Study in mice pinpoints molecular basis of deep sleep, suggests avenues for novel treatments
Healthy sleep is a basic physiologic need. In its absence, a myriad of processes in the body can go terribly awry. Chronic sleep problems have been linked to mental health disorders, cardiovascular disease, type 2 diabetes, and obesity, among other conditions.
Yet, consistently achieving the deep, restorative sleep necessary for optimal physiologic health and peak cognitive performance can be difficult due to lifestyle, environmental, and biologic factors.
One of the most confounding questions in sleep biology has been how deep sleep is regulated by the brain. The answer could help illuminate new ways to mitigate sleep problems.
Now, a newly published study led by Harvard Medical School researchers at VA Boston Healthcare Systemoffers critical clues into this longstanding mystery.
The work, conducted in mice and published April 26 in Nature Communications, identifies an area in the brain that regulates the oscillations of delta waves—electrical signals transmitted across neurons that arise during the deepest phases of relaxation. They are a hallmark of restorative sleep.
The research team homed in on neurons in the thalamus, a region of the brain that regulates sleep and wakefulness, among other functions. Using CRISPR-Cas9 gene editing, the researchers disrupted a gene that codes for a protein that binds the inhibitory neurotransmitter GABA. The protein is a target of drugs that promote sleep. Disruption of this gene in mouse models boosted the activity of delta waves and enhanced deep sleep in the animals.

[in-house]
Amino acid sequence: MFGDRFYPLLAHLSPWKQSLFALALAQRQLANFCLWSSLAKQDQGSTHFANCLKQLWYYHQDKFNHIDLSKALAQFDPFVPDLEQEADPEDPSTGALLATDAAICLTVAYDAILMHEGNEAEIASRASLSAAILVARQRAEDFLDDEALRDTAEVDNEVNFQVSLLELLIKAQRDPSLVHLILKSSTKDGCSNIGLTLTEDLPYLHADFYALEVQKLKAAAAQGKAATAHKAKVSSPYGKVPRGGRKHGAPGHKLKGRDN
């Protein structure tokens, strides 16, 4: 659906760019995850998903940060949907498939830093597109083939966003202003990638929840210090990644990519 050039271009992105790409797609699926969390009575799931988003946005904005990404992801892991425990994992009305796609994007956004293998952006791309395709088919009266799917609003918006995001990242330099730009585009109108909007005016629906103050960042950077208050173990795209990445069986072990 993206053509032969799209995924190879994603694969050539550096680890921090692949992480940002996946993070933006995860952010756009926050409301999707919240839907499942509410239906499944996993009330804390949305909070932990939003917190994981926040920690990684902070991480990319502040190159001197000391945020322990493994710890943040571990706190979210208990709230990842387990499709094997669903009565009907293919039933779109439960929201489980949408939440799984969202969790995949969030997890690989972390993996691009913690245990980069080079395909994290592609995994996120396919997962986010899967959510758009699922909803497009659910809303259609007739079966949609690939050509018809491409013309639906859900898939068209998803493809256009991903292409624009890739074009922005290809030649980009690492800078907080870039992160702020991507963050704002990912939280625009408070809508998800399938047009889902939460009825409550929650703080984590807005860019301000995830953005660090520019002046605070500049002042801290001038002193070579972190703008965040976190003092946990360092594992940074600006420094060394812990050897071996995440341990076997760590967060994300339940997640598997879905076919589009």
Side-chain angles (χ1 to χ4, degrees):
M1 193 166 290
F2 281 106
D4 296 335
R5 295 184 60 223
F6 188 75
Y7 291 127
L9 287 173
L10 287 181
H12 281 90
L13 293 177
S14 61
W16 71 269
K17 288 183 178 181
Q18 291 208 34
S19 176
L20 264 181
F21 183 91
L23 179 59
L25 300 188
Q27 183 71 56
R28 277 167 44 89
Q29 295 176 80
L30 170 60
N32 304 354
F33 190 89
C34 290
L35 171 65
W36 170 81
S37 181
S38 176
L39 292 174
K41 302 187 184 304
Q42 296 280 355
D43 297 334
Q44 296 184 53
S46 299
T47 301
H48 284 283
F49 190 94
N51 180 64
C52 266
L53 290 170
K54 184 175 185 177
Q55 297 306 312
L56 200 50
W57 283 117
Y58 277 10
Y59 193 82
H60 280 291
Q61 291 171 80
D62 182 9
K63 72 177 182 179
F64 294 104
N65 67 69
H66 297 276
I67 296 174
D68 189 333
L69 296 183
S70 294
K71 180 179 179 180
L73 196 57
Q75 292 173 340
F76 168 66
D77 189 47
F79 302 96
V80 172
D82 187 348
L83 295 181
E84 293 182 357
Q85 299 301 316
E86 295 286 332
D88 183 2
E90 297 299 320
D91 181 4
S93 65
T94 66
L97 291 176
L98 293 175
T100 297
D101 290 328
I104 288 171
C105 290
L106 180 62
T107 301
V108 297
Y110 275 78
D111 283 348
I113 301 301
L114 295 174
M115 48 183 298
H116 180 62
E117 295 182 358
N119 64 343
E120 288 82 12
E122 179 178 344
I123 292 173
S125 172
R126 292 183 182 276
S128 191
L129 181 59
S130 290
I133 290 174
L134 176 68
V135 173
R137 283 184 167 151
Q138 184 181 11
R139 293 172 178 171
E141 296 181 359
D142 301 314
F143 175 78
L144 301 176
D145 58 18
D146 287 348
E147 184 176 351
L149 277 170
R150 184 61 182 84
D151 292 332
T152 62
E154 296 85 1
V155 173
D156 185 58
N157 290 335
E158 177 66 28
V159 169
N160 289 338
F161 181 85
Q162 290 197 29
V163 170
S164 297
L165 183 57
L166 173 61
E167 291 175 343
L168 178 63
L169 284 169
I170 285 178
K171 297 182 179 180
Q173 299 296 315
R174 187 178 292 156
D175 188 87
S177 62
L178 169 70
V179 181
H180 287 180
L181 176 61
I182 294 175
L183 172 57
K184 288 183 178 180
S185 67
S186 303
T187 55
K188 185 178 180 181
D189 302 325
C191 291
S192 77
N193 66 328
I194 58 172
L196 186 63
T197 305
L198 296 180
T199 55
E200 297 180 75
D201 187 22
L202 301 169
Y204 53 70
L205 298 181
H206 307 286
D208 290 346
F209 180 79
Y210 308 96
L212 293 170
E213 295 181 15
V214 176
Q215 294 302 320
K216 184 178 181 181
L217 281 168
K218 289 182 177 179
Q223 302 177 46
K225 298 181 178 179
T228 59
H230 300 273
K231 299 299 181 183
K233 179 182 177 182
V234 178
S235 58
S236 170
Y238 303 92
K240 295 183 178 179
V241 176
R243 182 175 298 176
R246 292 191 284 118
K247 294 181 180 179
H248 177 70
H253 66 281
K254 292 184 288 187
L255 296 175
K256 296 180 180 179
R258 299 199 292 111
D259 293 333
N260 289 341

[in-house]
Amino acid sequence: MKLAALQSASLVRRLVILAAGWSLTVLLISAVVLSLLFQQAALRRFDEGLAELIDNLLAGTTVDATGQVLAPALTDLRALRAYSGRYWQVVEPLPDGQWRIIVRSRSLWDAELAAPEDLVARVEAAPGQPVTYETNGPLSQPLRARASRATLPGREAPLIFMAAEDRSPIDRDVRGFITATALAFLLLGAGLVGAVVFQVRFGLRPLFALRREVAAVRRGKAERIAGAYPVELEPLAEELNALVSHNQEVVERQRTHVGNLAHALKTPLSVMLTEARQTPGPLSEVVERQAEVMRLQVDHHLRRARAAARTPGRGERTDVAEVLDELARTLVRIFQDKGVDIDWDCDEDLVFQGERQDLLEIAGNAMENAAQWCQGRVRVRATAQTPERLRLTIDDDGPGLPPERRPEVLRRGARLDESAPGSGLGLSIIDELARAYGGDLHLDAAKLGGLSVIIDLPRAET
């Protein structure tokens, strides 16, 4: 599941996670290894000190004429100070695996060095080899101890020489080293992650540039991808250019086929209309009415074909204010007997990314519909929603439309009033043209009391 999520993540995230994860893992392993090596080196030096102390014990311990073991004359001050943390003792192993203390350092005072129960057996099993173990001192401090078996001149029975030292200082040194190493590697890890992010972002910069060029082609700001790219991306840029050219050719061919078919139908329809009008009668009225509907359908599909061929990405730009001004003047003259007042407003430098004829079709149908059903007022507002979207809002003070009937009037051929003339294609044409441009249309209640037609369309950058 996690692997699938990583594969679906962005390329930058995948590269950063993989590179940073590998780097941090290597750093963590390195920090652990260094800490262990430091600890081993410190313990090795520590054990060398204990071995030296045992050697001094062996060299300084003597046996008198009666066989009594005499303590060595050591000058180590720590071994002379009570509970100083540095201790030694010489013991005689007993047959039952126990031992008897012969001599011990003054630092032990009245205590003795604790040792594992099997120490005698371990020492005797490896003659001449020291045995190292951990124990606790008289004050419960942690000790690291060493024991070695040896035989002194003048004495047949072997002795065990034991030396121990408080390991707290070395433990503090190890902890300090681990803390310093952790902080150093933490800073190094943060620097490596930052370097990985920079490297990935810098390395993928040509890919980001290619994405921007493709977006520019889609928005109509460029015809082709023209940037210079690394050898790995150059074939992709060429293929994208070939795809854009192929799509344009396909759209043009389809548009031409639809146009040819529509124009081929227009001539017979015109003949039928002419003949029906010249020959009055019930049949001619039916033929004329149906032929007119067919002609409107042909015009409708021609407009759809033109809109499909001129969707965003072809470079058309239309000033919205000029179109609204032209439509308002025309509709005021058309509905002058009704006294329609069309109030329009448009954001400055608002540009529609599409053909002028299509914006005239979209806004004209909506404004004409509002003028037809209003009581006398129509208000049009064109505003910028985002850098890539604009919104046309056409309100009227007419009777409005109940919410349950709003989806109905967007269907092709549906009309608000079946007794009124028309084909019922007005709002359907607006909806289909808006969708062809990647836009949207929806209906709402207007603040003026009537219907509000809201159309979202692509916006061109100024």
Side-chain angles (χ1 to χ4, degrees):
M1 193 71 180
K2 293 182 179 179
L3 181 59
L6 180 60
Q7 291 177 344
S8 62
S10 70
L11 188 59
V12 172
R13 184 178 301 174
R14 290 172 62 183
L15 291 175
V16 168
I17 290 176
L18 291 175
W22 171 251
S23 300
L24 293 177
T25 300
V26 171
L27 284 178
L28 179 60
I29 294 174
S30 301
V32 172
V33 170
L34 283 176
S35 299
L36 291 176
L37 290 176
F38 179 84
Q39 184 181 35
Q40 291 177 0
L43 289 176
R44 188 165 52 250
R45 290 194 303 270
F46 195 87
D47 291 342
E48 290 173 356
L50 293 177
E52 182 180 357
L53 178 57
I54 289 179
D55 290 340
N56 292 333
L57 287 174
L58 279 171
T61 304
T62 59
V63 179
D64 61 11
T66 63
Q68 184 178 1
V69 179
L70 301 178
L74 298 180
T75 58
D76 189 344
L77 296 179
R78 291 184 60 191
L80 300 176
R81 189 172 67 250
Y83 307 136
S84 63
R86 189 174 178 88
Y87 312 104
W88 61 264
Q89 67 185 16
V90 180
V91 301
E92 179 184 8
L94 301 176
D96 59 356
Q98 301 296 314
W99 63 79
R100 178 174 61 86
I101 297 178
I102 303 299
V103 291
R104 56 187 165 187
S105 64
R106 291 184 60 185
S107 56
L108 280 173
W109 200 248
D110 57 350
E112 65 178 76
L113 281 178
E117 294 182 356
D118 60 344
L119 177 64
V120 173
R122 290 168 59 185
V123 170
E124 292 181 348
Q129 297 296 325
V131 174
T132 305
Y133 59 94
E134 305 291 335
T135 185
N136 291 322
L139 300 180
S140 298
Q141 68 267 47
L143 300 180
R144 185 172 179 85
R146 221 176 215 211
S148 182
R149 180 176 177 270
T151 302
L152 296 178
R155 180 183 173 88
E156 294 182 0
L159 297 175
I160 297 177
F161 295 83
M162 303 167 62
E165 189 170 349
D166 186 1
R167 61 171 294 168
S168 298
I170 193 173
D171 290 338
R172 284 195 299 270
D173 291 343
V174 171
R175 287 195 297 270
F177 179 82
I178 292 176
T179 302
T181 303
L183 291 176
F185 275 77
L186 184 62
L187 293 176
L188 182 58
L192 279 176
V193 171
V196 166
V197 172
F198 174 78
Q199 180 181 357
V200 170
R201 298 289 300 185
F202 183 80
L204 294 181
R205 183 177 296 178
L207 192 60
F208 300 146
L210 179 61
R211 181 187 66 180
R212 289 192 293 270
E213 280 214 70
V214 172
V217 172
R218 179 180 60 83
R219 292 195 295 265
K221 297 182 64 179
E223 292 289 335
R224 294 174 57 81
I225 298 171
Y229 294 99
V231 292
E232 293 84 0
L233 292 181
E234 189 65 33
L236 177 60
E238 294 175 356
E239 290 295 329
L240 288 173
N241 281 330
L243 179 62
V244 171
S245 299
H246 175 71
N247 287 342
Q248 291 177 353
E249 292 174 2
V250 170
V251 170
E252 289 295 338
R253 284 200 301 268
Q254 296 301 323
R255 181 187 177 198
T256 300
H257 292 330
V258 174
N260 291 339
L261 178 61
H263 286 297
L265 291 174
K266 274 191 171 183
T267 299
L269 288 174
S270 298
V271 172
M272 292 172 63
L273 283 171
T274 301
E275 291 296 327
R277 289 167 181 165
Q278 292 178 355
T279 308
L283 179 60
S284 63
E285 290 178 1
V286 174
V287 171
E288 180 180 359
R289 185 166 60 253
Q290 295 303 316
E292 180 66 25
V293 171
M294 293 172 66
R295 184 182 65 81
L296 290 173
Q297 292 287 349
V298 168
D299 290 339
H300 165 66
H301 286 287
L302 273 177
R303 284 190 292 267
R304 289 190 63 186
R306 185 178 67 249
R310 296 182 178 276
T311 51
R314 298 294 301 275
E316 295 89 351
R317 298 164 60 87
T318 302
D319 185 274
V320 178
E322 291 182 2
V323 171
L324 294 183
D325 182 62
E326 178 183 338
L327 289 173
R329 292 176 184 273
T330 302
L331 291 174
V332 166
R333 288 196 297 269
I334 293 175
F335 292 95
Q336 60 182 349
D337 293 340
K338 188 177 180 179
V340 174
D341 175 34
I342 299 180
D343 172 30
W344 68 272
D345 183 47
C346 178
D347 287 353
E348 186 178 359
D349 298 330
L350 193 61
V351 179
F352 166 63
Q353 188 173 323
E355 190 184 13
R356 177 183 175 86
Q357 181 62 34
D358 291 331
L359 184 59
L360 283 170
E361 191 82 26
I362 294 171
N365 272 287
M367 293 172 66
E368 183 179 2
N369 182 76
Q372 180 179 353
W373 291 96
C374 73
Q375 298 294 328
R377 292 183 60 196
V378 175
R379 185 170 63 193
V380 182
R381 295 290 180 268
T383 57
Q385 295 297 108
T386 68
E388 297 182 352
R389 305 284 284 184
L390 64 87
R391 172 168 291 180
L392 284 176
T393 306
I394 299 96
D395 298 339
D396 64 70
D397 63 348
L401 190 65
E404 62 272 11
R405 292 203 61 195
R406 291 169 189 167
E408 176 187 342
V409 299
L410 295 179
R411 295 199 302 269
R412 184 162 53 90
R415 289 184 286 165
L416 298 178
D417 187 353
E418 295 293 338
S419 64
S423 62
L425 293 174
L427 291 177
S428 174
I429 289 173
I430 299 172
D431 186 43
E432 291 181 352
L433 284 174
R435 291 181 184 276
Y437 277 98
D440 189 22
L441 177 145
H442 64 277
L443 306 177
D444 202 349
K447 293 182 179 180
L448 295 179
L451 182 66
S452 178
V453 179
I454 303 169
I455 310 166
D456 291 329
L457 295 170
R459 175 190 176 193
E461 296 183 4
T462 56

If replicated in further animal models, the findings could lay the groundwork for designing therapies that precision-target this protein to induce deep sleep.
"Our findings represent an important step forward in pinpointing the molecular basis of sleep regulation and point to an alternative pharmacologic strategy for promoting natural, restorative sleep," said study senior investigator Radhika Basheer, associate professor of psychiatry at HMS and VA Boston.
New therapies are sorely needed. Commonly used insomnia medicines, while an important tool for treatment of persistent insomnia, have well-known drawbacks. Many of these medications work by getting people to fall asleep fast, but they also tend to dampen the activity of restorative delta waves. Thus, while such medications promote falling asleep, the slumber they induce is not necessarily restorative.
"We believe our findings set the stage for developing a new class of sleep medicines that can achieve this all-important maintenance of deep sleep by boosting delta wave oscillations," added Basheer, who co-led the study with colleague Ritchie Brown, associate professor of psychiatry at HMS.